- What does the Coastal Zone Mean to You?
- Ecosystem Summary
- Traditional Hawaiian Significance
- Journal Ideas
- To Get a Feel for the Coastal Zone
What does the Coastal Zone Mean to You?
These reflections are offered by individuals involved in studying and protecting the native ecosystems of Haleakalā.
“I think of seabirds on the cliffs, of magnificent waterfalls cascading into the rough, deep, sapphire-blue waters of Kīpahulu and Kaupō.” —Kalei Tsuha
“Sand, salt, ʻopihi, limu
Watching hunakai (sanderlings) at the water’s edge
Exploring tidepools.” —Kim Martz and Forest Starr
“This is where the land meets the sea. All the forces of the universe play in this realm of tides and dunes, of drifters and colonizers. Here the embrace to those who have come ashore: to those who were set adrift and found a home, and to those who searched the skies upon a journey home. Here a people have nurtured Papa, their mother, who has in turn sustained generations of offspring from Hāloa to honuʻea.” —Eric Andersen
Ka ʻili hau pā kai o ʻAlio.
Wet be the sea sprays of ʻAlio.
This is a reference to a strong shore-dweller.
Salt air and sea sprays make the bark of the hau trees on the shore stronger than those of the upland. ʻAlio is a place on Kauaʻi.
Ka ʻia a ka wai nui i lawe mai ai.
The fish borne along by the flood.
The ʻoʻopu , which was often carried to the lowlands in freshets.
Neʻeaku, neʻe mai keone o Punahoa.
That way and this way shifts the sand of Punahoa.
Said of a group that divides, or of an undecided person who shifts one way and then another.
from: ʻŌlelo Noʻeau
Hawaiian Proverbs & Poetical Sayings
Mary Kawena Pukui
Bishop Museum Press, Honolulu 1983
The coastal ecosystem is located at low elevations at and near the seashore surrounding the whole of Haleakalā.
The coastal ecosystem encompasses many different plant and animal communities, the composition of which are greatly influenced by proximity to the ocean. Physical and behavioral adaptations that enable organisms to tolerate high salt concentrations and other drying conditions are common in the coastal strand, where salt spray and seawater are strong influences.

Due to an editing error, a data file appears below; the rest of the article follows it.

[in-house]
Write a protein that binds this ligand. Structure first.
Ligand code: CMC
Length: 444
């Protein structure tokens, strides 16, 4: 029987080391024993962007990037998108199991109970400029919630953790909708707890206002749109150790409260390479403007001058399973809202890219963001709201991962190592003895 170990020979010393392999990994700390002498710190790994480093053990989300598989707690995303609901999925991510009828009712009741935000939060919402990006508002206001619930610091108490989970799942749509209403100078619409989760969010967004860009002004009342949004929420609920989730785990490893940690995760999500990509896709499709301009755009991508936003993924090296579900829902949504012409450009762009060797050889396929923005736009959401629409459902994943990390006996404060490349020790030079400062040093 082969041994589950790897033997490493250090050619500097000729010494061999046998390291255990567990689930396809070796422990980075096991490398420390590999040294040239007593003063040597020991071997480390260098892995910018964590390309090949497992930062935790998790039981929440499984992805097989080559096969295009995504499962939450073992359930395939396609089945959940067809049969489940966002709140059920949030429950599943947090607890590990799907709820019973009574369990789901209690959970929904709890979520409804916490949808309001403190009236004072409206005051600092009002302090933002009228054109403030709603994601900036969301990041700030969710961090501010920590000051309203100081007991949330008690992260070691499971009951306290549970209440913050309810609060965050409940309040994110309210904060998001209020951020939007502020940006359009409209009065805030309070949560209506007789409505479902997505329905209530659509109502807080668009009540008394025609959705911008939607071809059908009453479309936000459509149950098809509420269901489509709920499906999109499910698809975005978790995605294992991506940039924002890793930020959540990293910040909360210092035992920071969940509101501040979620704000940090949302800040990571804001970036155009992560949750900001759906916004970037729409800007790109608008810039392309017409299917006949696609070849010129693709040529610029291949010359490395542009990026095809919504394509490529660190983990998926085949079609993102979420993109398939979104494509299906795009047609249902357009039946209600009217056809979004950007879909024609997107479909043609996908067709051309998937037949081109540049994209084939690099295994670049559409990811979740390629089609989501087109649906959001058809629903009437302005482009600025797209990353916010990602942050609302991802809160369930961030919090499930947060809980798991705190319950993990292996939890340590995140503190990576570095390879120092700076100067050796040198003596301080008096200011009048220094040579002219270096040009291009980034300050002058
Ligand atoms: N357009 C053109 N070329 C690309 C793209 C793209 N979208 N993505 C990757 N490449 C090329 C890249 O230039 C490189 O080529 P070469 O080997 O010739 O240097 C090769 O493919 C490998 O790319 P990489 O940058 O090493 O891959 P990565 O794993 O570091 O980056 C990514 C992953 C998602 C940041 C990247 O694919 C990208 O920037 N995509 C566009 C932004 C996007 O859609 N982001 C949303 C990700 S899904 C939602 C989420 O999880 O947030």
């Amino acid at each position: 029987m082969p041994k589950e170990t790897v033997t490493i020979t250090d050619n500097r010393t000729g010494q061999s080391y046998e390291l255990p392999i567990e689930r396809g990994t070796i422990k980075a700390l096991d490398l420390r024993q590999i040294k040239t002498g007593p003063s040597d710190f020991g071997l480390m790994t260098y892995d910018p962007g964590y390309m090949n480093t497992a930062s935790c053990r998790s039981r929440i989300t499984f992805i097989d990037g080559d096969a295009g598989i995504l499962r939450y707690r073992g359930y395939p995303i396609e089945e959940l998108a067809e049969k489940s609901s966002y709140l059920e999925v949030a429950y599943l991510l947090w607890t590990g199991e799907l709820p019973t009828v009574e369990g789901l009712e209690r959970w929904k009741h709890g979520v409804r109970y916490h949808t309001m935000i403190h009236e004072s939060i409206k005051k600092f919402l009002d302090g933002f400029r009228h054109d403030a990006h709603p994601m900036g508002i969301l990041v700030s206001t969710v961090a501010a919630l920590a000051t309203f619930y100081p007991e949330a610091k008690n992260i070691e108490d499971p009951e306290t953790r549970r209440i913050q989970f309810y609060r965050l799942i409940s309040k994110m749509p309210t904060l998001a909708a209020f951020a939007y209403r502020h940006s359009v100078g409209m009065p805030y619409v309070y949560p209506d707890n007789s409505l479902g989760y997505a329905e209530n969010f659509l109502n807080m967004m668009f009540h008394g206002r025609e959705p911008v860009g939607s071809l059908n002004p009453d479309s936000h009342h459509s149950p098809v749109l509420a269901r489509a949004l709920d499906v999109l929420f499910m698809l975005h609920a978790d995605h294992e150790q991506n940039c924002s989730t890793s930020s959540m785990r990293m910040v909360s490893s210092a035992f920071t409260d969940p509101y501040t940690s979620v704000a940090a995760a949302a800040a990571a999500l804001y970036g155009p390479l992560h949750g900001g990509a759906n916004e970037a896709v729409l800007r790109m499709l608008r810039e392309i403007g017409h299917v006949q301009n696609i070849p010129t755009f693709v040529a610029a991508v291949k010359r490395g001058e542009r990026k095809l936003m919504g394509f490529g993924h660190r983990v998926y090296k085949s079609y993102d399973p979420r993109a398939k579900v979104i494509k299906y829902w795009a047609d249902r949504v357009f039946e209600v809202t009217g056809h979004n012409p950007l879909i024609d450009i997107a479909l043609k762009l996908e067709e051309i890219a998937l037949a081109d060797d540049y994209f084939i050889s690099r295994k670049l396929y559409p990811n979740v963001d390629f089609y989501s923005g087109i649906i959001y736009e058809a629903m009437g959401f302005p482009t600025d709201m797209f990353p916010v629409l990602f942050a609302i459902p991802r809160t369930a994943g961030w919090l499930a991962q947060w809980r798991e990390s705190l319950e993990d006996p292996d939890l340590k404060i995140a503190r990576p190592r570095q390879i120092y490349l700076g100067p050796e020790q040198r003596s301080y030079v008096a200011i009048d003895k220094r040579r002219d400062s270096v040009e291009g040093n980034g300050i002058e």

In other parts of the coastal zone, salt spray and seawater are not influences, and vegetation is determined more by the amount of rainfall. Windward coastal areas may receive up to four times more rain (up to 300 centimeters or 120 inches per year) than leeward areas, with strong winds being common. Coastal plants grow on substrates that range from old coral colonies to basalt cliffs and boulders, and from sandy beaches to lava and ash.
Compared to other ecosystems on Maui, the coastal zone has a higher ratio of indigenous to endemic species. Proximity to the ocean makes the coastal ecosystem less isolated than other ecosystems. An ongoing influx of new organisms—and genetic input—is more likely here because of the ocean currents, so large numbers of endemic species have not evolved in the coastal zone.
At one time, many coastal areas were covered by shrubby native vegetation including naupaka and maʻo (Hawaiian cotton), or even forested with trees such as hala, hau, and loulu, the native Hawaiian fan palm.
Did You Know?
The phenomenon of “zonation” is typical in coastal environments, particularly near shoreline. Zonation refers to a progressive change in types of organisms or plant and animal communities linked to habitat conditions. In the coastal zone, the determining conditions are salt concentration and availability of fresh water.
Status and Threats